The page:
Law firm newsletters are a popular marketing tool among lawyers. A newsletter can be a great way to demonstrate expertise in an area of law, which is a very effective way to attract clients. However, if done poorly, a law firm newsletter could drive away more business than it generates.
Some lawyers hire a legal writing service or a newsletter publisher to create a newsletter, while others insist on writing newsletters within the firm. Either way, lawyers should consider these tips for having an effective law firm newsletter:
Write in Plain English
While that article you wrote for the law review may have been praised by your professor and the three other people who read it, most people find the law review style of legal writing to be indecipherable or unbearably boring.
A common complaint that clients have about their lawyers is that they don't understand what the lawyer is trying to tell them, even when speaking in person. When it is on paper, the problem often gets worse.
Your newsletter should not sound like a supreme court opinion or a legal treatise. The articles need to be simple, straightforward, and written with clarity. Pretend you are a good reporter rather than a lawyer, and see how it changes the readability of your writing.
One of the biggest problems lawyers encounter with their newsletters is that someone has to actually write it. Staying motivated and focused to get each newsletter out on time can be difficult.
Whether you have chosen to send out the newsletter weekly, monthly, or quarterly, make sure to send it out on a consistent basis. Treat newsletter deadlines as seriously as court dates and filing deadlines.
Lawyers who try to work on their newsletter "when they get a chance" don't have a newsletter for very long. Be consistent in sending the newsletter to your readers on a timely basis.
Follow the 3Cs of Newsletter Design
Jacci Howard Bear recommends that all newsletters follow the 3Cs: consistency, conservation (clutter-busting), and contrast:
- Consistency in design unifies the design elements, such as type styles, layout, and graphics.
- Conservation means not wasting space with too many boxes, photos, graphic elements, or excessive fonts.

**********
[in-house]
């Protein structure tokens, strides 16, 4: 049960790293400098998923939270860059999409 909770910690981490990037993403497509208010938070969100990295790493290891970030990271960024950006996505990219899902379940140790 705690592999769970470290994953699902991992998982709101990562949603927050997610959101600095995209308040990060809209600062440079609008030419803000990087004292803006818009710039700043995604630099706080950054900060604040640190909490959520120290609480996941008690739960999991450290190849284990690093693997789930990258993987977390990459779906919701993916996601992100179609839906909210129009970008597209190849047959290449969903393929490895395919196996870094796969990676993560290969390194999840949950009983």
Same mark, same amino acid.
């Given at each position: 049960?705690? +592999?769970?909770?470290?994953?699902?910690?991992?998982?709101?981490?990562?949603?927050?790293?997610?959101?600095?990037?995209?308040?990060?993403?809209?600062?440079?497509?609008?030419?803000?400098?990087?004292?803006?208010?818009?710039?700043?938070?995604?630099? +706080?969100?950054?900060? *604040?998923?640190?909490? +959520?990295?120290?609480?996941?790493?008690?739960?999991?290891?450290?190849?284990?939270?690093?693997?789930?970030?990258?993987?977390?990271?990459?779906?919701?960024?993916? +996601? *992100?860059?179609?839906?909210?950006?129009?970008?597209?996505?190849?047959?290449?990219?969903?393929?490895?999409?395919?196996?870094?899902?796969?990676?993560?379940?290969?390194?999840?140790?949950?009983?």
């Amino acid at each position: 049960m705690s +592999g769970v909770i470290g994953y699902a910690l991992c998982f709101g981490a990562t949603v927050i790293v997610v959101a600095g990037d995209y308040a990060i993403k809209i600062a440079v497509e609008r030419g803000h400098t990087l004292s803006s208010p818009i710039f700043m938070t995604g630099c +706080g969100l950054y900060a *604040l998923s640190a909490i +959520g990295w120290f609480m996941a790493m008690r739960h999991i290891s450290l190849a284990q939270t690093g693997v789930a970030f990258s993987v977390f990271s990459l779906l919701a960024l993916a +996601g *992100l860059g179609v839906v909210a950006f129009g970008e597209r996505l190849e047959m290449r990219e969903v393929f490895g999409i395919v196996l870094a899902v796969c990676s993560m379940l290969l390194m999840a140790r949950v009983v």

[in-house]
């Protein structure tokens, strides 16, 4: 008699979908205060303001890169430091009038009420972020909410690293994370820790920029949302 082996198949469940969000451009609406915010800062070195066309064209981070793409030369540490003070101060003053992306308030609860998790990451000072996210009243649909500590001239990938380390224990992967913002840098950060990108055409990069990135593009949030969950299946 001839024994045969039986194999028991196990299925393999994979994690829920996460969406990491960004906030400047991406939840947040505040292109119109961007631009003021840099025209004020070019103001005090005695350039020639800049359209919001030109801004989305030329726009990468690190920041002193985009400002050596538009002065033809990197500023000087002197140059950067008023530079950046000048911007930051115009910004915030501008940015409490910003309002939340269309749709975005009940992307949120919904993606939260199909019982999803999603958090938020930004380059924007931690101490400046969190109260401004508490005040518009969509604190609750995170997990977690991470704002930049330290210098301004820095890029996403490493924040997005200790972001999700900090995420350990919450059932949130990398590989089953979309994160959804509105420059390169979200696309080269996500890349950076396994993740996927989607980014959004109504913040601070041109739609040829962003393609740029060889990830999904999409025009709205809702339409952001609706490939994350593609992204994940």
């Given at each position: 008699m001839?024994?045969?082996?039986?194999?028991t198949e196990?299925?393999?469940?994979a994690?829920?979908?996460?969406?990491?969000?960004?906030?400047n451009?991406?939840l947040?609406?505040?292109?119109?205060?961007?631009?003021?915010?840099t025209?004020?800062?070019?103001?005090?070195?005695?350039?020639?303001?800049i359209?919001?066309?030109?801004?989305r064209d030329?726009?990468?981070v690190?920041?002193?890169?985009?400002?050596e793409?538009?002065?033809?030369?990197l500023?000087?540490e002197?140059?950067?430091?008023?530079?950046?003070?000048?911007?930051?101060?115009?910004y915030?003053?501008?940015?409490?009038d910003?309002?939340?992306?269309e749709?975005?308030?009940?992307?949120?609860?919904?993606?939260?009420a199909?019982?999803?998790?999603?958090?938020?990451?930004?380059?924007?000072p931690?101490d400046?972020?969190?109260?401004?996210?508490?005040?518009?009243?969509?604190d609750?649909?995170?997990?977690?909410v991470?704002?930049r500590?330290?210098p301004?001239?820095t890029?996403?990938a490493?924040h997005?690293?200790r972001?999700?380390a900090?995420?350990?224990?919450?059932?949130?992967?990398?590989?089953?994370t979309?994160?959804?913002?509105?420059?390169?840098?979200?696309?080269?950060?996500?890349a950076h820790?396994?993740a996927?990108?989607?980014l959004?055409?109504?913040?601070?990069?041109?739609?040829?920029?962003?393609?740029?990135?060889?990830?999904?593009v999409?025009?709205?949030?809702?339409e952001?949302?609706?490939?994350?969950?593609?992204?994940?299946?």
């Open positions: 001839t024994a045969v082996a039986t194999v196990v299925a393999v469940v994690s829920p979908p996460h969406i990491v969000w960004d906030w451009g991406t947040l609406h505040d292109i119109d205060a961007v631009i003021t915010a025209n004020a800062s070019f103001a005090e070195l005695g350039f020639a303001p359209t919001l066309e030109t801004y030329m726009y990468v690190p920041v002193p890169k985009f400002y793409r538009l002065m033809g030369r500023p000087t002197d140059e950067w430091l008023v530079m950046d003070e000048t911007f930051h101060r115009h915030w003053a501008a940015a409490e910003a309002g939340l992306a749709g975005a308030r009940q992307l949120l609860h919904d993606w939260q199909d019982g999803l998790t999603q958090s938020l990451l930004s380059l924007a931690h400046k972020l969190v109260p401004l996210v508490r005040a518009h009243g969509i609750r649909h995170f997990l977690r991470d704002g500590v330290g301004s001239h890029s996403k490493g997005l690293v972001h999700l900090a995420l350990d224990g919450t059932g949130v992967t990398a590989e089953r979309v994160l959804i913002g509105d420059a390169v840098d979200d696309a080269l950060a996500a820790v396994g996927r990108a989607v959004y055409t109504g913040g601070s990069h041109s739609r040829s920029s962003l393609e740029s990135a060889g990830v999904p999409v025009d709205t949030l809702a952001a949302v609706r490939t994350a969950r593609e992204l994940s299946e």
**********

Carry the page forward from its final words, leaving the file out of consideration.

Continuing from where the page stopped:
- Contrast refers to creating visual interest in the newsletter "through size, alignment, color, shape, and other opposites."
Say Something Useful
Just as lawyers tend to write in legalese, they also tend to write about topics that are not interesting to anyone but lawyers. Most people don't really care about the nuances of the latest appellate court rulings in your area of practice.
Appellate court rulings can be a good source of inspiration for newsletter topics, but you should not write case summaries for a law firm newsletter.
Instead, use the issues in the case as a springboard for writing about broader issues affecting your clients and potential clients. Ask a question that would be relevant to your clients, and then answer it for them in the newsletter.
Minimize the Sales Hype
Successful law firm newsletters are the ones that provide information to the readers on practical issues affecting their lives. Most people are not interested in reading page after page of how your law firm won judgments for this or that person, and they are even less interested in reading page after page of client testimonials.
A law firm newsletter needs to have some substance so that people have a reason to read it, share it, and keep a copy of it. It can be effective to include some sales hype but don't overdo it.
People are more responsive to someone who is trying to educate them than to someone who is trying to sell something. Educating readers and demonstrating expertise draws more clients than a never-ending sales pitch.
Invite Readers to Contact the Firm
Every law firm newsletter should have the firm's contact information prominently displayed, with an invitation to readers to call or email for more information.
By making yourself available and offering readers the opportunity to get more information directly from you, the law firm will greatly increase the odds of getting calls from readers of the newsletter.
Lawyers who invite the readers to contact them for more information get a bigger response than those who don't make the offer. Since the entire purpose of the law firm newsletter is to gain new clients, make sure that the readers know that you really want to talk to them.